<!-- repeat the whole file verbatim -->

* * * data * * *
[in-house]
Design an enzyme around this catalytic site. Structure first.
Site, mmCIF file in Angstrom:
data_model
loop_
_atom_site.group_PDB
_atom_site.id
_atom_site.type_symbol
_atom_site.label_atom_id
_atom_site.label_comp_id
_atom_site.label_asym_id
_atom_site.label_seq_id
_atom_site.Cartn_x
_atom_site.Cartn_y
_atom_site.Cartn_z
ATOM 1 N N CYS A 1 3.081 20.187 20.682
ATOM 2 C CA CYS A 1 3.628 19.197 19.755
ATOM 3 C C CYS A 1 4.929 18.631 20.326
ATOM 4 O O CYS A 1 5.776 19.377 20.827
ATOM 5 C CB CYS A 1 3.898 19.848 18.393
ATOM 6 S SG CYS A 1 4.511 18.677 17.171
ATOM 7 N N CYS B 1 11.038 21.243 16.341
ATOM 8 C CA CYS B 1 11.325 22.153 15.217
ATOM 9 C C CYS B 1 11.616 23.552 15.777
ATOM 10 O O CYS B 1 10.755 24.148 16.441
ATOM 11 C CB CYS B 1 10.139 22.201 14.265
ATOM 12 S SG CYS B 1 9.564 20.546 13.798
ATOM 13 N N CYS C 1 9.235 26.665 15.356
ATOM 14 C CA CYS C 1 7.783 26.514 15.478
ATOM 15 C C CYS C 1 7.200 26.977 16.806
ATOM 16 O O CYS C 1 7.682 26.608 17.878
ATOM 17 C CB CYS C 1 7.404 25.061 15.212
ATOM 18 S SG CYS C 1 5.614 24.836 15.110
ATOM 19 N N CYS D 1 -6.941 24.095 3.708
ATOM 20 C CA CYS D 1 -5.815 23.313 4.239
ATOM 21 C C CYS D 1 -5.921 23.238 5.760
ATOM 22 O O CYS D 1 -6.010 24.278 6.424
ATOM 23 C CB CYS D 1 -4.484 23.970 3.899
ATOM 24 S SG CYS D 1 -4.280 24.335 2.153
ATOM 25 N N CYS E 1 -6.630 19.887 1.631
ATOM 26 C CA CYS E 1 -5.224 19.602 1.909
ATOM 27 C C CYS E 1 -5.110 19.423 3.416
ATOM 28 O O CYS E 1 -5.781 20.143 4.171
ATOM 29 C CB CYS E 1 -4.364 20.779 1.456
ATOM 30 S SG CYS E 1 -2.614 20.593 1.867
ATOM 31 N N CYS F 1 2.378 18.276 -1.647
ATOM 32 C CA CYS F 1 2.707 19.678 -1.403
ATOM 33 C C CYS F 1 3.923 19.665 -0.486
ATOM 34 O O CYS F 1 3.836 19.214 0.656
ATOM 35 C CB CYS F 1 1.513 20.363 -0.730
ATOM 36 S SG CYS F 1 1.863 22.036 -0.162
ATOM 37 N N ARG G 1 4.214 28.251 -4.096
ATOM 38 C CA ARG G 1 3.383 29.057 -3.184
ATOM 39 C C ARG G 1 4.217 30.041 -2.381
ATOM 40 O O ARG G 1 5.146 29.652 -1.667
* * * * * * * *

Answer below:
[in-house]
Design an enzyme around this catalytic site. Structure first.
Site, mmCIF file in Angstrom:
data_model
loop_
_atom_site.group_PDB
_atom_site.id
_atom_site.type_symbol
_atom_site.label_atom_id
_atom_site.label_comp_id
_atom_site.label_asym_id
_atom_site.label_seq_id
_atom_site.Cartn_x
_atom_site.Cartn_y
_atom_site.Cartn_z
ATOM 1 N N CYS A 1 3.081 20.187 20.682
ATOM 2 C CA CYS A 1 3.628 19.197 19.755
ATOM 3 C C CYS A 1 4.929 18.631 20.326
ATOM 4 O O CYS A 1 5.776 19.377 20.827
ATOM 5 C CB CYS A 1 3.898 19.848 18.393
ATOM 6 S SG CYS A 1 4.511 18.677 17.171
ATOM 7 N N CYS B 1 11.038 21.243 16.341
ATOM 8 C CA CYS B 1 11.325 22.153 15.217
ATOM 9 C C CYS B 1 11.616 23.552 15.777
ATOM 10 O O CYS B 1 10.755 24.148 16.441
ATOM 11 C CB CYS B 1 10.139 22.201 14.265
ATOM 12 S SG CYS B 1 9.564 20.546 13.798
ATOM 13 N N CYS C 1 9.235 26.665 15.356
ATOM 14 C CA CYS C 1 7.783 26.514 15.478
ATOM 15 C C CYS C 1 7.200 26.977 16.806
ATOM 16 O O CYS C 1 7.682 26.608 17.878
ATOM 17 C CB CYS C 1 7.404 25.061 15.212
ATOM 18 S SG CYS C 1 5.614 24.836 15.110
ATOM 19 N N CYS D 1 -6.941 24.095 3.708
ATOM 20 C CA CYS D 1 -5.815 23.313 4.239
ATOM 21 C C CYS D 1 -5.921 23.238 5.760
ATOM 22 O O CYS D 1 -6.010 24.278 6.424
ATOM 23 C CB CYS D 1 -4.484 23.970 3.899
ATOM 24 S SG CYS D 1 -4.280 24.335 2.153
ATOM 25 N N CYS E 1 -6.630 19.887 1.631
ATOM 26 C CA CYS E 1 -5.224 19.602 1.909
ATOM 27 C C CYS E 1 -5.110 19.423 3.416
ATOM 28 O O CYS E 1 -5.781 20.143 4.171
ATOM 29 C CB CYS E 1 -4.364 20.779 1.456
ATOM 30 S SG CYS E 1 -2.614 20.593 1.867
ATOM 31 N N CYS F 1 2.378 18.276 -1.647
ATOM 32 C CA CYS F 1 2.707 19.678 -1.403
ATOM 33 C C CYS F 1 3.923 19.665 -0.486
ATOM 34 O O CYS F 1 3.836 19.214 0.656
ATOM 35 C CB CYS F 1 1.513 20.363 -0.730
ATOM 36 S SG CYS F 1 1.863 22.036 -0.162
ATOM 37 N N ARG G 1 4.214 28.251 -4.096
ATOM 38 C CA ARG G 1 3.383 29.057 -3.184
ATOM 39 C C ARG G 1 4.217 30.041 -2.381
ATOM 40 O O ARG G 1 5.146 29.652 -1.667